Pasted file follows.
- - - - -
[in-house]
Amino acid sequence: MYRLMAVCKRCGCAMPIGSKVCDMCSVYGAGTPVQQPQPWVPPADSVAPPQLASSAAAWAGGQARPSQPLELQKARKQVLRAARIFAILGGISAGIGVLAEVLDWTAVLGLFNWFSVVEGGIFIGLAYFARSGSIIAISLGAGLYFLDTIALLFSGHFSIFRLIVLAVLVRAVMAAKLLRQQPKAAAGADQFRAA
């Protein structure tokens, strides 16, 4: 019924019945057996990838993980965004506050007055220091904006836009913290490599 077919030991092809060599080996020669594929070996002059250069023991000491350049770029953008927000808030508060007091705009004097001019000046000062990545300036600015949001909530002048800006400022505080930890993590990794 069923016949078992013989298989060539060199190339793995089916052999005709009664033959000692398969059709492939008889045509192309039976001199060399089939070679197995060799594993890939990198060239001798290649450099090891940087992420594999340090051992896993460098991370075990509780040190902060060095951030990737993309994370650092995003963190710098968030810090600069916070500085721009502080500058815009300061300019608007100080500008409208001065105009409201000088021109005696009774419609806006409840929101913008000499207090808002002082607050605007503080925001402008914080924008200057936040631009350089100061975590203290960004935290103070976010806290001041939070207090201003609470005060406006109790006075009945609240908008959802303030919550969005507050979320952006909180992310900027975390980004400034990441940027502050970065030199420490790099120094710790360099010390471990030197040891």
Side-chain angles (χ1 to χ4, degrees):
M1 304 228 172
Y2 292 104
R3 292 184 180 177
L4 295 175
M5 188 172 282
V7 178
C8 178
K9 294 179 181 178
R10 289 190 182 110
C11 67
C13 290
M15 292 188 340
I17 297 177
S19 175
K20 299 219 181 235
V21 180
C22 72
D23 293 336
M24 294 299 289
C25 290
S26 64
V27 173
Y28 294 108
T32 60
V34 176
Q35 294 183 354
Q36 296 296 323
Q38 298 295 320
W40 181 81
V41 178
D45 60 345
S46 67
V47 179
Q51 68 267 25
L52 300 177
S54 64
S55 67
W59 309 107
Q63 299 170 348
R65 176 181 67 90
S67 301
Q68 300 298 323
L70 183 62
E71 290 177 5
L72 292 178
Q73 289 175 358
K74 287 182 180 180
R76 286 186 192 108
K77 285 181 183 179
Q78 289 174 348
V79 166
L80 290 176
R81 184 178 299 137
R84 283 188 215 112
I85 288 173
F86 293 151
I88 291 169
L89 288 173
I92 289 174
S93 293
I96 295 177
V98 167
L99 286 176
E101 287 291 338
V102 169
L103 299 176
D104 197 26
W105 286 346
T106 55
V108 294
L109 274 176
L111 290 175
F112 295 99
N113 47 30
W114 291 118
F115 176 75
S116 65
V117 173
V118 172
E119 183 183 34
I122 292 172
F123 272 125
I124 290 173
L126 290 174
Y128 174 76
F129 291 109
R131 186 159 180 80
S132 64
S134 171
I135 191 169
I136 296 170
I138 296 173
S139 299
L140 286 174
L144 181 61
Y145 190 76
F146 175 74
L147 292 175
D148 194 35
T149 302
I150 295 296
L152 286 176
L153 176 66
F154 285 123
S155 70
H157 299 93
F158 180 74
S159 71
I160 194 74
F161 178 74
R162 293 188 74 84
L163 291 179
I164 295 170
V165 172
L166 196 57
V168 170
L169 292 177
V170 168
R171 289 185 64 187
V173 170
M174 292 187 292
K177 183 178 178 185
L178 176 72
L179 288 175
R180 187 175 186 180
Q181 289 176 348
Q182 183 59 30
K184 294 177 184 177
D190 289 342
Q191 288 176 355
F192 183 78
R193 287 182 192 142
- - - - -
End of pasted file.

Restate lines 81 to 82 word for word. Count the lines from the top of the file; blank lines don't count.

S116 65
V117 173